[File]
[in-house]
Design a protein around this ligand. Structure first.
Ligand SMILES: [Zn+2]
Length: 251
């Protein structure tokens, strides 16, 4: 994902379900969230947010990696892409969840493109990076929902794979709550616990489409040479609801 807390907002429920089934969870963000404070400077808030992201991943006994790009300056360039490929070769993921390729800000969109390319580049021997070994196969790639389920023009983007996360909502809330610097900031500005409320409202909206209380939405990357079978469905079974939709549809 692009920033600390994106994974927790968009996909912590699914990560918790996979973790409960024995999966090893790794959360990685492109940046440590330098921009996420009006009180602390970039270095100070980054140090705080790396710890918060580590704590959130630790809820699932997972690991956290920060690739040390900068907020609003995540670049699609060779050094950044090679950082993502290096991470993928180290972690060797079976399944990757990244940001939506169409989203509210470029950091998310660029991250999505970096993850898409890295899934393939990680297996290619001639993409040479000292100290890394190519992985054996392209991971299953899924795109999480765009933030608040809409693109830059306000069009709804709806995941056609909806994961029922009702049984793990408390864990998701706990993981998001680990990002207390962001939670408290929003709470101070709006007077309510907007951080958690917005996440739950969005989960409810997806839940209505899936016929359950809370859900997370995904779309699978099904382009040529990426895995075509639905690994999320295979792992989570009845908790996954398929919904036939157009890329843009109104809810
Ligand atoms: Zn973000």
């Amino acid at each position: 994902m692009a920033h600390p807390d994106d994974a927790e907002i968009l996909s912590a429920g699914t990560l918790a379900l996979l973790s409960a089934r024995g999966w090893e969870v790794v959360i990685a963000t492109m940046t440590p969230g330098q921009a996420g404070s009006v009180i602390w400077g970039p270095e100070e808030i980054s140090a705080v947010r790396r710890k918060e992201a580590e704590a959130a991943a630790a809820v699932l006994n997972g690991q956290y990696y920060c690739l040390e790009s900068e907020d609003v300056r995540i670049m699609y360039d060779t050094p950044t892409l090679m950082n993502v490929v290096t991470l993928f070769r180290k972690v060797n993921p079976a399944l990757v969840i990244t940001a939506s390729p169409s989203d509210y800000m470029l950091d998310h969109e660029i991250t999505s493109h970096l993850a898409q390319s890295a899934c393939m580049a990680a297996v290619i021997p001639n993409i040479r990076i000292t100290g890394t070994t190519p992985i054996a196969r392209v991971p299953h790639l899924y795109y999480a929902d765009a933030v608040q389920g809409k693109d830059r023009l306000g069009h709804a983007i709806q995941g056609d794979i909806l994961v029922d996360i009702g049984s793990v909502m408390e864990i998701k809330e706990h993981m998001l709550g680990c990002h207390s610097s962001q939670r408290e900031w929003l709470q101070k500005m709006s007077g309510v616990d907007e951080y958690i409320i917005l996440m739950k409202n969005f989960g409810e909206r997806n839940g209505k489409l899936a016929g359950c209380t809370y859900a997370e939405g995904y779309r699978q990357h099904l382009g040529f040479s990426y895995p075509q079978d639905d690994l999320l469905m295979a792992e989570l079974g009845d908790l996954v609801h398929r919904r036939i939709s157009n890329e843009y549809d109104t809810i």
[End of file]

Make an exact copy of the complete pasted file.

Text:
[in-house]
Design a protein around this ligand. Structure first.
Ligand SMILES: [Zn+2]
Length: 251
């Protein structure tokens, strides 16, 4: 994902379900969230947010990696892409969840493109990076929902794979709550616990489409040479609801 807390907002429920089934969870963000404070400077808030992201991943006994790009300056360039490929070769993921390729800000969109390319580049021997070994196969790639389920023009983007996360909502809330610097900031500005409320409202909206209380939405990357079978469905079974939709549809 692009920033600390994106994974927790968009996909912590699914990560918790996979973790409960024995999966090893790794959360990685492109940046440590330098921009996420009006009180602390970039270095100070980054140090705080790396710890918060580590704590959130630790809820699932997972690991956290920060690739040390900068907020609003995540670049699609060779050094950044090679950082993502290096991470993928180290972690060797079976399944990757990244940001939506169409989203509210470029950091998310660029991250999505970096993850898409890295899934393939990680297996290619001639993409040479000292100290890394190519992985054996392209991971299953899924795109999480765009933030608040809409693109830059306000069009709804709806995941056609909806994961029922009702049984793990408390864990998701706990993981998001680990990002207390962001939670408290929003709470101070709006007077309510907007951080958690917005996440739950969005989960409810997806839940209505899936016929359950809370859900997370995904779309699978099904382009040529990426895995075509639905690994999320295979792992989570009845908790996954398929919904036939157009890329843009109104809810
Ligand atoms: Zn973000």
């Amino acid at each position: 994902m692009a920033h600390p807390d994106d994974a927790e907002i968009l996909s912590a429920g699914t990560l918790a379900l996979l973790s409960a089934r024995g999966w090893e969870v790794v959360i990685a963000t492109m940046t440590p969230g330098q921009a996420g404070s009006v009180i602390w400077g970039p270095e100070e808030i980054s140090a705080v947010r790396r710890k918060e992201a580590e704590a959130a991943a630790a809820v699932l006994n997972g690991q956290y990696y920060c690739l040390e790009s900068e907020d609003v300056r995540i670049m699609y360039d060779t050094p950044t892409l090679m950082n993502v490929v290096t991470l993928f070769r180290k972690v060797n993921p079976a399944l990757v969840i990244t940001a939506s390729p169409s989203d509210y800000m470029l950091d998310h969109e660029i991250t999505s493109h970096l993850a898409q390319s890295a899934c393939m580049a990680a297996v290619i021997p001639n993409i040479r990076i000292t100290g890394t070994t190519p992985i054996a196969r392209v991971p299953h790639l899924y795109y999480a929902d765009a933030v608040q389920g809409k693109d830059r023009l306000g069009h709804a983007i709806q995941g056609d794979i909806l994961v029922d996360i009702g049984s793990v909502m408390e864990i998701k809330e706990h993981m998001l709550g680990c990002h207390s610097s962001q939670r408290e900031w929003l709470q101070k500005m709006s007077g309510v616990d907007e951080y958690i409320i917005l996440m739950k409202n969005f989960g409810e909206r997806n839940g209505k489409l899936a016929g359950c209380t809370y859900a997370e939405g995904y779309r699978q990357h099904l382009g040529f040479s990426y895995p075509q079978d639905d690994l999320l469905m295979a792992e989570l079974g009845d908790l996954v609801h398929r919904r036939i939709s157009n890329e843009y549809d109104t809810i």